Mark Knight is a Director at Four Broadgate the London PR agency, specialists in financial services public relations amongst many other services.
Internal and external lines of communication are important functions in business, but what do they mean, how similar are they, and how has social media affected businesses’ approach to them?
Internal and External Communications: Explained
Internal communications are all about the messages that are communicated within a company. The chief aim of internal communications is to help businesses achieve their objectives, through creating an understanding between employees at different levels and building interactions. This involves utilising the right channels, conveying the company message effectively, and determining the criteria for success, amongst other things.
External communications are defined as information a business releases to people outside the company such as shareholders, customers or clients. Like with internal matters, communications with the outside world are carefully considered to give the right message, whether it’s to the media or potential customers and whether it’s good or bad news.
While there is a difference between internal and external communications, the growth of social media has blurred the line in some respects and elevated internal communications to a more prominent role for many businesses. At a recent PRWeek conference where various communications directors came together to discuss this subject, a number of interesting points were raised on internal and external communications.
The Increasing Role of Internal Communications
One point made by Thomas Coops of the English National Opera at PRWeek was that since the recession, many businesses have given greater emphasis to internal communications as part of their restructuring processes. There are a number of reasons for this, including the improved availability of company social media platforms offering feedback and opportunities for discussion.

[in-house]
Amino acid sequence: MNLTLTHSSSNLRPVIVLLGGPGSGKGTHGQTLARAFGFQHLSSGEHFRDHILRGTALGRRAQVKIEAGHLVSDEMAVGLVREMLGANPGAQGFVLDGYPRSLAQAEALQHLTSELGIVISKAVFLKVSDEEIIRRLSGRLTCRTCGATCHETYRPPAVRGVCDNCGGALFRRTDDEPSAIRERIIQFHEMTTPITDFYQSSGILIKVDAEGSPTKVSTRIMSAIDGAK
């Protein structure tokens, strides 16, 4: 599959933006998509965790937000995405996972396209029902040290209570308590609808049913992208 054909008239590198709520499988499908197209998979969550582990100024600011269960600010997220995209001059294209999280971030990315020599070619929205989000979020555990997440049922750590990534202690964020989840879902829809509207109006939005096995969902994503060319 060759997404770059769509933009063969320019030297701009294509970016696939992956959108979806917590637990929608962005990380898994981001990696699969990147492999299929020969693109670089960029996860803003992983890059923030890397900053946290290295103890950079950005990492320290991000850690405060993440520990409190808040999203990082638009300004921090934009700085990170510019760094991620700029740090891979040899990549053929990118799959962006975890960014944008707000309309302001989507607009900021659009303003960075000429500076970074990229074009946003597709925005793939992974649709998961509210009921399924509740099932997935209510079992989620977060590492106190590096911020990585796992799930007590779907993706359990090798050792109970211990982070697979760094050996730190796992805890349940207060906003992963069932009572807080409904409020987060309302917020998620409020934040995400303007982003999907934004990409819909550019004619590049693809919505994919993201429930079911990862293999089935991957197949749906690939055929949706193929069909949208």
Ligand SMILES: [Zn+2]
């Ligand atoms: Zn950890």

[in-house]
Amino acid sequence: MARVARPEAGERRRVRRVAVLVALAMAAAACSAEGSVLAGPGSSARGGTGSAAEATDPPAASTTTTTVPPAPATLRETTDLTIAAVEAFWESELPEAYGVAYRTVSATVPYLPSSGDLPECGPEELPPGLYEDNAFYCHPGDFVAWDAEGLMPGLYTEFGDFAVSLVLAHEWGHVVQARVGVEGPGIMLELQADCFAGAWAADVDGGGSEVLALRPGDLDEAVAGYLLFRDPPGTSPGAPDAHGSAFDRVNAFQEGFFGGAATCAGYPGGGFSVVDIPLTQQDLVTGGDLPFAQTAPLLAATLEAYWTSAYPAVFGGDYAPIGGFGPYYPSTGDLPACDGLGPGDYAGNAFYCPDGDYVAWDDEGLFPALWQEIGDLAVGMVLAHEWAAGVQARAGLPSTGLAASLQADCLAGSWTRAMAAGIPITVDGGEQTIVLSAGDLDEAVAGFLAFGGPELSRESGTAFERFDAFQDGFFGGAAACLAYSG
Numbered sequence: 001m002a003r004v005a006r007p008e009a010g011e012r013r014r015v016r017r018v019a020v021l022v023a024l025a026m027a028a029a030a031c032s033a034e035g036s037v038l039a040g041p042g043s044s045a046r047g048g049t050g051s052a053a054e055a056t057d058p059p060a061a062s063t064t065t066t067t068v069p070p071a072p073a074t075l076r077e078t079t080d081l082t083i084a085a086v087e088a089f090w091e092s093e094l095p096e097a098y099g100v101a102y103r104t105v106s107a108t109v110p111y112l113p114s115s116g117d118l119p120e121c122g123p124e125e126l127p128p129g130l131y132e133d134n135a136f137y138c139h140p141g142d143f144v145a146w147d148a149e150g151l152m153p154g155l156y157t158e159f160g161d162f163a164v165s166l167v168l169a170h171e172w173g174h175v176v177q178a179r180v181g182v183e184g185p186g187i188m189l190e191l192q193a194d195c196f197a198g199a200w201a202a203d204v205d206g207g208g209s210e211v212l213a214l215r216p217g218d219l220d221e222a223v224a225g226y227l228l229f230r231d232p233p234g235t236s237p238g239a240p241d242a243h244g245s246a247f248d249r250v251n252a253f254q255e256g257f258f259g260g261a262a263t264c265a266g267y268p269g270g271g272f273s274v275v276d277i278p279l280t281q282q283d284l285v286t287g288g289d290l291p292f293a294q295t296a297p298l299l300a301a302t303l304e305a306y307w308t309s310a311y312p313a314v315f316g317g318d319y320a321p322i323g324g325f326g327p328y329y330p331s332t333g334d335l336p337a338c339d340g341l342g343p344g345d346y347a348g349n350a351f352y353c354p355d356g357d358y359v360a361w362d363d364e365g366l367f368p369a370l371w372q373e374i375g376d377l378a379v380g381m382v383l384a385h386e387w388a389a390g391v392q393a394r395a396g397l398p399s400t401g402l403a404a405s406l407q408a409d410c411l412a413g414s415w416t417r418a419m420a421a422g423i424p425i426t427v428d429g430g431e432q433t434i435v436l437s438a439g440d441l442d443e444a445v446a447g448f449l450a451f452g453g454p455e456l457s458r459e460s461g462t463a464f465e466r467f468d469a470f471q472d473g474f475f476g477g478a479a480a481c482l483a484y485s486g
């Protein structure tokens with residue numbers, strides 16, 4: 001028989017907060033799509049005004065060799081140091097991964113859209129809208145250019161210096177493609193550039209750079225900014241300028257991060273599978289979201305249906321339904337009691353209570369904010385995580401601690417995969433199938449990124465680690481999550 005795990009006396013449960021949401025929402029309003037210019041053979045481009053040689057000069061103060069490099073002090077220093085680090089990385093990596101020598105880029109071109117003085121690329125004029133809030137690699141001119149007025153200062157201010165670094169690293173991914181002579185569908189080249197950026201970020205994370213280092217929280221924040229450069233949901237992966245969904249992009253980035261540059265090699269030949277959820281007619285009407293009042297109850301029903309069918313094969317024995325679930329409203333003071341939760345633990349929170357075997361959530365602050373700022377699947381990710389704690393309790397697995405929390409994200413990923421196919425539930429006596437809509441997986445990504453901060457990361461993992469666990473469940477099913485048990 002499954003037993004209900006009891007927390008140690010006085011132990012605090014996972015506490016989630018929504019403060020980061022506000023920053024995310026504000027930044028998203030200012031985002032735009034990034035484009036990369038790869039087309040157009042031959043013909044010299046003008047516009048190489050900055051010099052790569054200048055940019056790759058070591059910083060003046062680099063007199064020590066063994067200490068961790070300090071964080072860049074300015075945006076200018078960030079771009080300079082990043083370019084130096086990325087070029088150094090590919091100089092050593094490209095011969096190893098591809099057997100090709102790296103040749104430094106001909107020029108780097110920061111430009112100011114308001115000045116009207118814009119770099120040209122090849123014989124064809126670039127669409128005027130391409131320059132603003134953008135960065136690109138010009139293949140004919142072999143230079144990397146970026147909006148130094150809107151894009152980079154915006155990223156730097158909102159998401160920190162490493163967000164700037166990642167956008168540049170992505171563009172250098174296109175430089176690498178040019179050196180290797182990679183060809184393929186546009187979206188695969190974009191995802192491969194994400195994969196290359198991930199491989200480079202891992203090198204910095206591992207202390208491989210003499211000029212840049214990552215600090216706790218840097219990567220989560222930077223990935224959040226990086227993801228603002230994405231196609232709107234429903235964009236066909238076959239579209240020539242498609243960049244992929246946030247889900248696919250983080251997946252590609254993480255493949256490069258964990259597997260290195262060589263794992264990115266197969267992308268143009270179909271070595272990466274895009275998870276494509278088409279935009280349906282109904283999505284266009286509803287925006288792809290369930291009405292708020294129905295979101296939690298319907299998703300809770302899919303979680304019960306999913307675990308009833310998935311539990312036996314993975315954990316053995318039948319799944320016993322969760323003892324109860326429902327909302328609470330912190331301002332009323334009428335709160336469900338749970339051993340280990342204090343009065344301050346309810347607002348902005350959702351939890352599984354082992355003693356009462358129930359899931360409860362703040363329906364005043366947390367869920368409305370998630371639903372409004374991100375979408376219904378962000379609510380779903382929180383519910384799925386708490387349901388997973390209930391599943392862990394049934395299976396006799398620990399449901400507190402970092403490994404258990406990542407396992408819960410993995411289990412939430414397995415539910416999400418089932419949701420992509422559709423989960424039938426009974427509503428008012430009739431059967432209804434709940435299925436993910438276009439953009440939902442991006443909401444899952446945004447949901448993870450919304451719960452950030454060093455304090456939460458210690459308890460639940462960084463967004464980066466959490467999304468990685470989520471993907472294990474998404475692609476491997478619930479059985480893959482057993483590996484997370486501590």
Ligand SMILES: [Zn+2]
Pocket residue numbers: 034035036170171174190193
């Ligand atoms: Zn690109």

The need to create a consistent message between internal and external communication lines is another development many businesses are focussing on. Social media has created greater means of interaction between customers and employees, so aligning an internal message with an external one will ensure customers get the right information all the time, which is vital for creating a brand identity.
Seadrill communications director Iain Cracknell also raised the point that social media outlets such as Twitter can deliver news much quicker than other forms of media. Internal social media platforms can, therefore, spread company messages more effectively than paper-based methods or via email, in a similar way to how marketing campaigns are communicated to target markets nowadays.
To add to this, Conor McKechnie of GE Healthcare says that the utilisation of social media platforms for spreading company messages can save on resources, especially when employees are writing their own messages and sending them to other employees within the company.
Both forms of communication are vitally important to businesses, but the rise of social media has altered emphasis somewhat. How does your company manage these two lines of communication and has social media affected the way you spread information?